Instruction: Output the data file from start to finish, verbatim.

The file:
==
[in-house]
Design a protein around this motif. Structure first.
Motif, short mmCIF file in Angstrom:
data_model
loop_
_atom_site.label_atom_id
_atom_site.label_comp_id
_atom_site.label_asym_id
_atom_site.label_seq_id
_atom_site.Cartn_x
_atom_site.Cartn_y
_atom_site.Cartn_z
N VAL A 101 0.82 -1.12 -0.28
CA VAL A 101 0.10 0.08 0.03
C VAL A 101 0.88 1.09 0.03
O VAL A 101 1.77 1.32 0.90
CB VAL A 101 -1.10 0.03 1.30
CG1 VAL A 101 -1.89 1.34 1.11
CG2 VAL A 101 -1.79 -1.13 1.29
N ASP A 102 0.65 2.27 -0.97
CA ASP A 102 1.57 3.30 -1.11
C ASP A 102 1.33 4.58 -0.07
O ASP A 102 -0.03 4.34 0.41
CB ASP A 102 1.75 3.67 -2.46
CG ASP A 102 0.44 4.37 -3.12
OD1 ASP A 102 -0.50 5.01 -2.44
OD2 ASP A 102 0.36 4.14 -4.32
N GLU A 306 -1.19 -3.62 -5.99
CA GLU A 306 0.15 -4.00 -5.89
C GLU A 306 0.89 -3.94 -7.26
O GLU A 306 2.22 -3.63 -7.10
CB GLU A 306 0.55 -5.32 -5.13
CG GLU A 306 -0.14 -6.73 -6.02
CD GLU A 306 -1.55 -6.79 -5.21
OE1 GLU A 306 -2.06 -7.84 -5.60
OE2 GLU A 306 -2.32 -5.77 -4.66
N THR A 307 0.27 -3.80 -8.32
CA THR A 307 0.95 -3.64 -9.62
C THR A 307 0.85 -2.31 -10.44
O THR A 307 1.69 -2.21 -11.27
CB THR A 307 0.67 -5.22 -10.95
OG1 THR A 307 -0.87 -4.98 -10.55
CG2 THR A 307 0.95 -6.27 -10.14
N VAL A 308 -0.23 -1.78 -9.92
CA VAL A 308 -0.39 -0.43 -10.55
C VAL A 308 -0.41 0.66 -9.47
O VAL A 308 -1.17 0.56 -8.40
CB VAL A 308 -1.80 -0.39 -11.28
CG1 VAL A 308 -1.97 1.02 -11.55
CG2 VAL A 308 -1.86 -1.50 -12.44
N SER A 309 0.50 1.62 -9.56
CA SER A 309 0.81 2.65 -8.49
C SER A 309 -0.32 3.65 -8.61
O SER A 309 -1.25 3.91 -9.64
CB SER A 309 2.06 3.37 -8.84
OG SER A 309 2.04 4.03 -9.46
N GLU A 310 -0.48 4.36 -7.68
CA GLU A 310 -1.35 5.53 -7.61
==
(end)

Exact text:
[in-house]
Design a protein around this motif. Structure first.
Motif, short mmCIF file in Angstrom:
data_model
loop_
_atom_site.label_atom_id
_atom_site.label_comp_id
_atom_site.label_asym_id
_atom_site.label_seq_id
_atom_site.Cartn_x
_atom_site.Cartn_y
_atom_site.Cartn_z
N VAL A 101 0.82 -1.12 -0.28
CA VAL A 101 0.10 0.08 0.03
C VAL A 101 0.88 1.09 0.03
O VAL A 101 1.77 1.32 0.90
CB VAL A 101 -1.10 0.03 1.30
CG1 VAL A 101 -1.89 1.34 1.11
CG2 VAL A 101 -1.79 -1.13 1.29
N ASP A 102 0.65 2.27 -0.97
CA ASP A 102 1.57 3.30 -1.11
C ASP A 102 1.33 4.58 -0.07
O ASP A 102 -0.03 4.34 0.41
CB ASP A 102 1.75 3.67 -2.46
CG ASP A 102 0.44 4.37 -3.12
OD1 ASP A 102 -0.50 5.01 -2.44
OD2 ASP A 102 0.36 4.14 -4.32
N GLU A 306 -1.19 -3.62 -5.99
CA GLU A 306 0.15 -4.00 -5.89
C GLU A 306 0.89 -3.94 -7.26
O GLU A 306 2.22 -3.63 -7.10
CB GLU A 306 0.55 -5.32 -5.13
CG GLU A 306 -0.14 -6.73 -6.02
CD GLU A 306 -1.55 -6.79 -5.21
OE1 GLU A 306 -2.06 -7.84 -5.60
OE2 GLU A 306 -2.32 -5.77 -4.66
N THR A 307 0.27 -3.80 -8.32
CA THR A 307 0.95 -3.64 -9.62
C THR A 307 0.85 -2.31 -10.44
O THR A 307 1.69 -2.21 -11.27
CB THR A 307 0.67 -5.22 -10.95
OG1 THR A 307 -0.87 -4.98 -10.55
CG2 THR A 307 0.95 -6.27 -10.14
N VAL A 308 -0.23 -1.78 -9.92
CA VAL A 308 -0.39 -0.43 -10.55
C VAL A 308 -0.41 0.66 -9.47
O VAL A 308 -1.17 0.56 -8.40
CB VAL A 308 -1.80 -0.39 -11.28
CG1 VAL A 308 -1.97 1.02 -11.55
CG2 VAL A 308 -1.86 -1.50 -12.44
N SER A 309 0.50 1.62 -9.56
CA SER A 309 0.81 2.65 -8.49
C SER A 309 -0.32 3.65 -8.61
O SER A 309 -1.25 3.91 -9.64
CB SER A 309 2.06 3.37 -8.84
OG SER A 309 2.04 4.03 -9.46
N GLU A 310 -0.48 4.36 -7.68
CA GLU A 310 -1.35 5.53 -7.61